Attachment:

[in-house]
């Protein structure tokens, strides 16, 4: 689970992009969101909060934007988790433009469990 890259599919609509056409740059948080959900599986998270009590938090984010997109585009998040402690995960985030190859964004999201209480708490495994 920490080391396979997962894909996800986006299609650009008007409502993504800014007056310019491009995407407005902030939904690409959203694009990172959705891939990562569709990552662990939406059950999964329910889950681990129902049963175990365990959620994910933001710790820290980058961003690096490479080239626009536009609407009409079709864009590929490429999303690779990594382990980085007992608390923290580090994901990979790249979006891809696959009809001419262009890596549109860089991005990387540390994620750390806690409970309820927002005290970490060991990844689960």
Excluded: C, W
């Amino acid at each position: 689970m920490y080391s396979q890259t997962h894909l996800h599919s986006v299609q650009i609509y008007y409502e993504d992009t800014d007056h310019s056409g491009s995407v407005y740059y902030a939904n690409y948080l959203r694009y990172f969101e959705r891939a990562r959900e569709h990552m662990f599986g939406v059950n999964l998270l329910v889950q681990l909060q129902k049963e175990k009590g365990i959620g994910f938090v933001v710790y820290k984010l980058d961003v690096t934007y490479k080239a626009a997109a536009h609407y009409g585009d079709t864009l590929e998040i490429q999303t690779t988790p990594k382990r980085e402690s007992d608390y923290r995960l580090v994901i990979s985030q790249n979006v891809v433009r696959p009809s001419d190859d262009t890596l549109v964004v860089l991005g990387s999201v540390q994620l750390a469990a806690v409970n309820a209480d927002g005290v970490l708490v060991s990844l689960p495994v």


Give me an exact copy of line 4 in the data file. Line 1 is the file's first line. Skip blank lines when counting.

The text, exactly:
């Amino acid at each position: 689970m920490y080391s396979q890259t997962h894909l996800h599919s986006v299609q650009i609509y008007y409502e993504d992009t800014d007056h310019s056409g491009s995407v407005y740059y902030a939904n690409y948080l959203r694009y990172f969101e959705r891939a990562r959900e569709h990552m662990f599986g939406v059950n999964l998270l329910v889950q681990l909060q129902k049963e175990k009590g365990i959620g994910f938090v933001v710790y820290k984010l980058d961003v690096t934007y490479k080239a626009a997109a536009h609407y009409g585009d079709t864009l590929e998040i490429q999303t690779t988790p990594k382990r980085e402690s007992d608390y923290r995960l580090v994901i990979s985030q790249n979006v891809v433009r696959p009809s001419d190859d262009t890596l549109v964004v860089l991005g990387s999201v540390q994620l750390a469990a806690v409970n309820a209480d927002g005290v970490l708490v060991s990844l689960p495994v």